With the New York Stock Exchange in turmoil after a pay scandal forced the resignation of Chairman Richard Grasso last week, rival, electronic trading platforms are looking to lure business away from the 211-year-old institution. But experts say such a move might not be in the best interests of investors.
The Grasso pay scandal isn’t the first crisis to hit the exchange in recent months. An investigation into “specialists,” who act as middlemen between buyers and sellers and trade stocks on the floor of the exchange, examined whether they violated NYSE rules by trading stock for their own accounts ahead of their customers.
Rival marketplaces, such as ECNs — electronic communication networks that link up traders and eliminate middlemen — are hoping to profit from the Big Board’s recent troubles.
Instinet Group, for example, has launched a new advertising campaign that appears to take aim at the NYSE’s recent regulatory woes. And a similar marketing campaign from the Archipelago Exchange, or ArcaEx — a Chicago electronic-trading site which recently won the right to become a fully-fledged stock exchange — seems intent on capitalizing on investor uncertainty about the Big Board’s trading practices.
“We are aggressively advertising and marketing ourselves,” said Andrew Goldman, executive vice president of marketing and communications at Instinet. Goldman said many electronic networks have felt frustrated by what they see as excessive regulation governing trading stocks listed on the NYSE.
“We want to knock down barriers blocking competition and deliver greater benefits to the investors,” added Goldman. “We know that there is a great deal of frustration over how customers’ orders are handled and it’s an issue that should be decided by allowing both markets to compete side by side.”
ECNs like Instinet handle only a tiny share of the stocks listed on the Big Board. Instinet’s share, for example, is some 4 percent. But if regulatory reforms that are unfriendly to the Big Board are pushed through at the NYSE, electronic markets may stand to gain a greater share of the market according to Michael Goldstein, an associate professor of finance at Babson College in Massachusetts who has served a one-year term as visiting economist at the New York Stock Exchange.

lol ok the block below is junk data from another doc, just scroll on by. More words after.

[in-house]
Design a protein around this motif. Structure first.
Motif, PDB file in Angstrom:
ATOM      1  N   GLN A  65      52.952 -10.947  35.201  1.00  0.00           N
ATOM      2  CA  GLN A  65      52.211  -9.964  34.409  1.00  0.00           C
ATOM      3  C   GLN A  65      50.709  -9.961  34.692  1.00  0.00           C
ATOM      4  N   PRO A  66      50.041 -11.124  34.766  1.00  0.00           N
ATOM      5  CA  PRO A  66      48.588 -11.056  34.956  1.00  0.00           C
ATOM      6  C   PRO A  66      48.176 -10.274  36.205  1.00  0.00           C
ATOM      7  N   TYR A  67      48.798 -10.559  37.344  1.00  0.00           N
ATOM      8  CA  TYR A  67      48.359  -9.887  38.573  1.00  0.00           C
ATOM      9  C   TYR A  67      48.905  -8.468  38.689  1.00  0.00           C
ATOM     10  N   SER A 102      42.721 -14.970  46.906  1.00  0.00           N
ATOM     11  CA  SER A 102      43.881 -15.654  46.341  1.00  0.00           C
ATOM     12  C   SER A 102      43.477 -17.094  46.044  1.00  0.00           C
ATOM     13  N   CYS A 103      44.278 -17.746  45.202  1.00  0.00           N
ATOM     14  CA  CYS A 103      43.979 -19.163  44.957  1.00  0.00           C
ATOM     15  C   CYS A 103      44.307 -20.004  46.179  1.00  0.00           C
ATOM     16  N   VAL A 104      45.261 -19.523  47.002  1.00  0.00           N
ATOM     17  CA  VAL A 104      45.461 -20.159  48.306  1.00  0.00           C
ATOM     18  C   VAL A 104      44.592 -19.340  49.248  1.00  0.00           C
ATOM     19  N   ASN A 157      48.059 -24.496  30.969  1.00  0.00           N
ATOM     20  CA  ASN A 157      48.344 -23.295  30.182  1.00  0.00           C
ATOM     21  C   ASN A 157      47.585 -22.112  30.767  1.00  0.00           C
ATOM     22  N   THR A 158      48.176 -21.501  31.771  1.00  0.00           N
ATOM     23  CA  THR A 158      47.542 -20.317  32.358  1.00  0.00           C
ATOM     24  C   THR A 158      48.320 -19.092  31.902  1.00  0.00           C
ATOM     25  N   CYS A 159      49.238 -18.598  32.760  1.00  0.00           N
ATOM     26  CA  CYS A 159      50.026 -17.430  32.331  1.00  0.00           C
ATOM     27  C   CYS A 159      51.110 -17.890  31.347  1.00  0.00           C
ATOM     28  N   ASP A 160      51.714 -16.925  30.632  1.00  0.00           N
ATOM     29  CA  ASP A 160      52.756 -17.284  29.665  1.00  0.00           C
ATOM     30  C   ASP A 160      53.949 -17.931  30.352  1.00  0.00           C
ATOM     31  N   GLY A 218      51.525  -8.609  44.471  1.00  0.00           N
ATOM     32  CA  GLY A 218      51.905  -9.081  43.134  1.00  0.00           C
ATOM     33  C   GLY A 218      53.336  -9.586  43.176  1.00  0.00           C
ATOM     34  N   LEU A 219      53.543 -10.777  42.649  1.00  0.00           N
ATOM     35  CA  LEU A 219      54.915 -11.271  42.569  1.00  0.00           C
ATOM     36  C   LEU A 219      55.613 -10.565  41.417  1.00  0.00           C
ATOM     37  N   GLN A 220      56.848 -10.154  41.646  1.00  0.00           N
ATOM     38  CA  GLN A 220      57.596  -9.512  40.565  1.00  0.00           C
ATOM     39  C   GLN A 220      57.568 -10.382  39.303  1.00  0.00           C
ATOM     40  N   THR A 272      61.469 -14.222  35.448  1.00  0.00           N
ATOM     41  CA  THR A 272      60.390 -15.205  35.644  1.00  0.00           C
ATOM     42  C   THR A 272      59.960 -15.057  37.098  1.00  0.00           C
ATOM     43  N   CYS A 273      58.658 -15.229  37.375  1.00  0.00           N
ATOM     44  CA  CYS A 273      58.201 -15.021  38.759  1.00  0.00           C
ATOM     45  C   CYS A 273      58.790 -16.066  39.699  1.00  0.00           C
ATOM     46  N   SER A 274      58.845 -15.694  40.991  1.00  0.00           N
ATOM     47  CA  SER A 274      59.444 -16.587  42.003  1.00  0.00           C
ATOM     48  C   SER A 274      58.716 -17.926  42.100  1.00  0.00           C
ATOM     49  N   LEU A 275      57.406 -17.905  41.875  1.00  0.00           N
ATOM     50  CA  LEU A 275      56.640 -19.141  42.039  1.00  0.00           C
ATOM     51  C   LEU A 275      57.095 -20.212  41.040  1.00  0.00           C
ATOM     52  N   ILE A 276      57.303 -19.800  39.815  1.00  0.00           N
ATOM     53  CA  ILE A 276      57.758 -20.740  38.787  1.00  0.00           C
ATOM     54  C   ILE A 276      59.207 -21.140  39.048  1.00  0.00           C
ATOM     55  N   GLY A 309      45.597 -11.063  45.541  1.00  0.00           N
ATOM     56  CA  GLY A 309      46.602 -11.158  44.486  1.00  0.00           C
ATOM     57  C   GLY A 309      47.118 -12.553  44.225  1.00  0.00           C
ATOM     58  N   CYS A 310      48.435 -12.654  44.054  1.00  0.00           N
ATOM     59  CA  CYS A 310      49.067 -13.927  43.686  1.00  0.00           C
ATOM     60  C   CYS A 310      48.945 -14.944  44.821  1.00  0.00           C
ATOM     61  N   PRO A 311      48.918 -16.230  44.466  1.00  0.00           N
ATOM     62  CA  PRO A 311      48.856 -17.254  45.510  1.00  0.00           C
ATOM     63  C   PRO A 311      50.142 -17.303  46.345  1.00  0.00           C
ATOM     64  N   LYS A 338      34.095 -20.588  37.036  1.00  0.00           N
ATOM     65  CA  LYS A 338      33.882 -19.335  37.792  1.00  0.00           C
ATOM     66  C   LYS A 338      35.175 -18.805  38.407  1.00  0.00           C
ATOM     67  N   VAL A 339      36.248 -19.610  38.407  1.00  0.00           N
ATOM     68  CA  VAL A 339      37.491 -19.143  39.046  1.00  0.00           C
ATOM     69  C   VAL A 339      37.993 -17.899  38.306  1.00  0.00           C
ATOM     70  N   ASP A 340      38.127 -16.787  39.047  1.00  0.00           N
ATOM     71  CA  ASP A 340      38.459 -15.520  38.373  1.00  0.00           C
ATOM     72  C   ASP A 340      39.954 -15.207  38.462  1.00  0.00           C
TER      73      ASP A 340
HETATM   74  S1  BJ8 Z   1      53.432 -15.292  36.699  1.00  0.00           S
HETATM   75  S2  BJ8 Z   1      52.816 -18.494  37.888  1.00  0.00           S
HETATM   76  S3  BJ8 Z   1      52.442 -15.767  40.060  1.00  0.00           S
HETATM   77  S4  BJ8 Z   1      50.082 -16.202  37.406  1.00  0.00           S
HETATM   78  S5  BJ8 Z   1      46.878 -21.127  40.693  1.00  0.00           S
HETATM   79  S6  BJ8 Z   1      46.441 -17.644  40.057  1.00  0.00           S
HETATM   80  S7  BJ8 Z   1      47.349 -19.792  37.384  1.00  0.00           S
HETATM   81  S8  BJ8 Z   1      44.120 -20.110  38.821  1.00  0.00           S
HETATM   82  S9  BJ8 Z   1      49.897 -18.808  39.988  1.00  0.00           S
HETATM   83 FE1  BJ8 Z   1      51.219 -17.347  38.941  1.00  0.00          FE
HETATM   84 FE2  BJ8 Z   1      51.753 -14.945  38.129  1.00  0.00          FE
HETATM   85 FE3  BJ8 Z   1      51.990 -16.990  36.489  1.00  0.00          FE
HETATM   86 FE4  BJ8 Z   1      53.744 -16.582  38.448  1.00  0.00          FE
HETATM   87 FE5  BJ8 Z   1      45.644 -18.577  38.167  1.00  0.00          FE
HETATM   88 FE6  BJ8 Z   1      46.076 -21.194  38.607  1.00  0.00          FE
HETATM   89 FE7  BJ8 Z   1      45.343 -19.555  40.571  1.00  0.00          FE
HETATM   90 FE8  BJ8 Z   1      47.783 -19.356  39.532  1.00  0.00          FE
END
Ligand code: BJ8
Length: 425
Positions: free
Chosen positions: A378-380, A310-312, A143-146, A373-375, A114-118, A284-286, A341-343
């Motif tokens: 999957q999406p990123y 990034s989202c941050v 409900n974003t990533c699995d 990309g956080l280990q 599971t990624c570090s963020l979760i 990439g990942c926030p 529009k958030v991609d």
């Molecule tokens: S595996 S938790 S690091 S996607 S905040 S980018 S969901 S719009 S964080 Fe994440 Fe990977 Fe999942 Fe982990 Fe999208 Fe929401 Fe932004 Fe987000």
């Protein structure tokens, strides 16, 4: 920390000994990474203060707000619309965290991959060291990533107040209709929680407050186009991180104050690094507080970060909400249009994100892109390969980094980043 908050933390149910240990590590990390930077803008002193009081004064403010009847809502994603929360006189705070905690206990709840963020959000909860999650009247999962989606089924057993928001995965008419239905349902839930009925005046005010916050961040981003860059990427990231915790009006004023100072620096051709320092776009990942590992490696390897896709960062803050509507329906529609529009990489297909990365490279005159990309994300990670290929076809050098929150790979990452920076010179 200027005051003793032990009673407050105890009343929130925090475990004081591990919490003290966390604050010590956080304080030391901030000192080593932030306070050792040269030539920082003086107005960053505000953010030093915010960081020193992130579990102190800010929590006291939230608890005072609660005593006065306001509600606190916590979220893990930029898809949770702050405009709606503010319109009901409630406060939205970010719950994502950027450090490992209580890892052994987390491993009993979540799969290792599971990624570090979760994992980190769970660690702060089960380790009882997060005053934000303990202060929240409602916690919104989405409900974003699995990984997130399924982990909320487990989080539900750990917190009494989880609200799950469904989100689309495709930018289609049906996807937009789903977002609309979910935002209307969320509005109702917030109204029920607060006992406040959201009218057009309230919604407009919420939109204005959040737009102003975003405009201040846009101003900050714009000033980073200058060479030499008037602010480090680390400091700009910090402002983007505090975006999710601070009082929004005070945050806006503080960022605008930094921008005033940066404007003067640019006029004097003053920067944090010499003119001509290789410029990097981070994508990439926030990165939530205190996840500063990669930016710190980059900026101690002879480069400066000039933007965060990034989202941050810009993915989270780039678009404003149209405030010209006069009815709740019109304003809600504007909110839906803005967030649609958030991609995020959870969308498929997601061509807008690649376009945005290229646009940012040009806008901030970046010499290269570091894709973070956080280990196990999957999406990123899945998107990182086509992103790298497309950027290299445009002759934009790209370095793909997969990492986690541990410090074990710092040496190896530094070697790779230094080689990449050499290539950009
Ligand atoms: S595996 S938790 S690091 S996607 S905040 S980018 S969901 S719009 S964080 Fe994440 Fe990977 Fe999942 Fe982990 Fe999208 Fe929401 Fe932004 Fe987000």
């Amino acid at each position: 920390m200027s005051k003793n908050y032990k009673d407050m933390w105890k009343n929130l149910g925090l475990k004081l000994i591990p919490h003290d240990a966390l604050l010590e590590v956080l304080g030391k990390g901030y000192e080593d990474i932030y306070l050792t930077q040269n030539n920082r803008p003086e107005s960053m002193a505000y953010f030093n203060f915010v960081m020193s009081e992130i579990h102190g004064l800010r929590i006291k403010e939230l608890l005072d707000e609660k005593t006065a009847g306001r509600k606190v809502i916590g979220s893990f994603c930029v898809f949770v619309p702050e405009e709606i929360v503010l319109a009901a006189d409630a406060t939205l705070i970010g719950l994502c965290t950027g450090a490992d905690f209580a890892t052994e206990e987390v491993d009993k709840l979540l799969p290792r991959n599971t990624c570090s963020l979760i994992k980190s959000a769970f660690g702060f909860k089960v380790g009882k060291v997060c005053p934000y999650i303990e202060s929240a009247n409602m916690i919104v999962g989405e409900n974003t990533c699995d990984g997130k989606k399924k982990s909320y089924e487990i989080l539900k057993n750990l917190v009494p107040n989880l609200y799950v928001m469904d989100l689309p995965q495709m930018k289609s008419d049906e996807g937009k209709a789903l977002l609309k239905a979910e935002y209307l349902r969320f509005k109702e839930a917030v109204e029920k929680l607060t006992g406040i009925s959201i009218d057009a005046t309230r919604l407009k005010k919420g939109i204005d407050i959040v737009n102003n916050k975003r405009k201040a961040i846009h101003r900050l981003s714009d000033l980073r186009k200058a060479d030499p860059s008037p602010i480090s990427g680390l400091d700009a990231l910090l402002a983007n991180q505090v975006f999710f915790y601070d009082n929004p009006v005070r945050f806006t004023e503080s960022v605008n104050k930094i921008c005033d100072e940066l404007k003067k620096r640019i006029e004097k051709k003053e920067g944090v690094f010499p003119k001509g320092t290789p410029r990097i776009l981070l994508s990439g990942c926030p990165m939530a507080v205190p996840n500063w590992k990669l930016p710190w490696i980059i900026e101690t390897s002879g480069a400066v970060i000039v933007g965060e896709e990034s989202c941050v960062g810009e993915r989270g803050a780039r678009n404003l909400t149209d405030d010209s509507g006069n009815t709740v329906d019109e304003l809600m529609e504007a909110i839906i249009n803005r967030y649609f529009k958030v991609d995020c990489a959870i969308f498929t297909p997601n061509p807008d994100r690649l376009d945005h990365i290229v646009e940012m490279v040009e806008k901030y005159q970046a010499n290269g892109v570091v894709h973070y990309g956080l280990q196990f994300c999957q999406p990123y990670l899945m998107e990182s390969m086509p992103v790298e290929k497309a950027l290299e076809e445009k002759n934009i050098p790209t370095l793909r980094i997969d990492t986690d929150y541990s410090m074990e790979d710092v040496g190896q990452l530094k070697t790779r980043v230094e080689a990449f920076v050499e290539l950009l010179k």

The Big Board is one of the few world markets to use human beings — floor traders known as specialists — to match buyers and sellers in a trading system known as “open outcry.” Electronic markets, by contrast, connect traders through a vast network of computers.
If regulators chose to take steps to harmonize the disparate trading standards it could create more opportunities for electronic markets, said Goldstein, particularly if they are more automated. “But I don’t think it will necessarily be good for the marketplace or for [small investors],” he added.
Goldstein equates electronic trading to Internet dating.
“Sometimes it works really well and at other times it works out terribly. But the human interaction in the specialist system can link up buyers and sellers who didn’t even know they wanted to do a trade, so you tend to get better hookups,” Goldstein added.
With this in mind, “regulators should tread very carefully when it comes to dealing with changes in the world’s most liquid and largest market for stocks,” he added. “ECNs are constantly trying to get humans out of the treading system, but it’s working pretty darn well.”
Steve Thel, a securities law professor at Fordham University in New York, also thinks the specialist structure at the Big Board is an efficient trading system. A bigger issue for the exchange is the issue of its tarnished reputation, he added.
“You get the sense that people at the exchange are worried about ECNs,” Thel said, adding that the NYSE has lost a lot less business to ECNs than the Nasdaq market.
For the NYSE to remain competitive against ECNs, Thel added, it must deal with a perception that its trading system is corrupt. “The issue now is whether the NYSE can crack down on the regulatory front and make sure they are operating and providing an efficient and effective market,” he said.
Handling some 80 percent of the trading volume in its own listed stocks, the New York Stock Exchange is the nation’s largest marketplace for stocks.
But news of Richard Grasso’s $187.5 million retirement package, approved by a board of directors he largely selected, has tarnished the institution’s reputation.
The scandal provoked a chorus of disapproval from institutional investors and exchange members, some of whom say it is now time to rethink the exchange’s role as both a marketplace and regulator.
On Wednesday, officials from seven U.S. states, who collectively oversee more than $586 billion in public pension funds, called on the Big Board to implement sweeping corporate governance reforms, including the restructuring of its board of directors, which is heavily populated with financial services executives.
The exchange moved swiftly to defuse the situation last weekend, naming John Reed, a respected former chairman of CitiGroup, as an interim replacement for Grasso. And late Thursday, H. Carl McCall, board member and head the NYSE’s compensation committee that approved Grasso’s pay package, announced his resignation.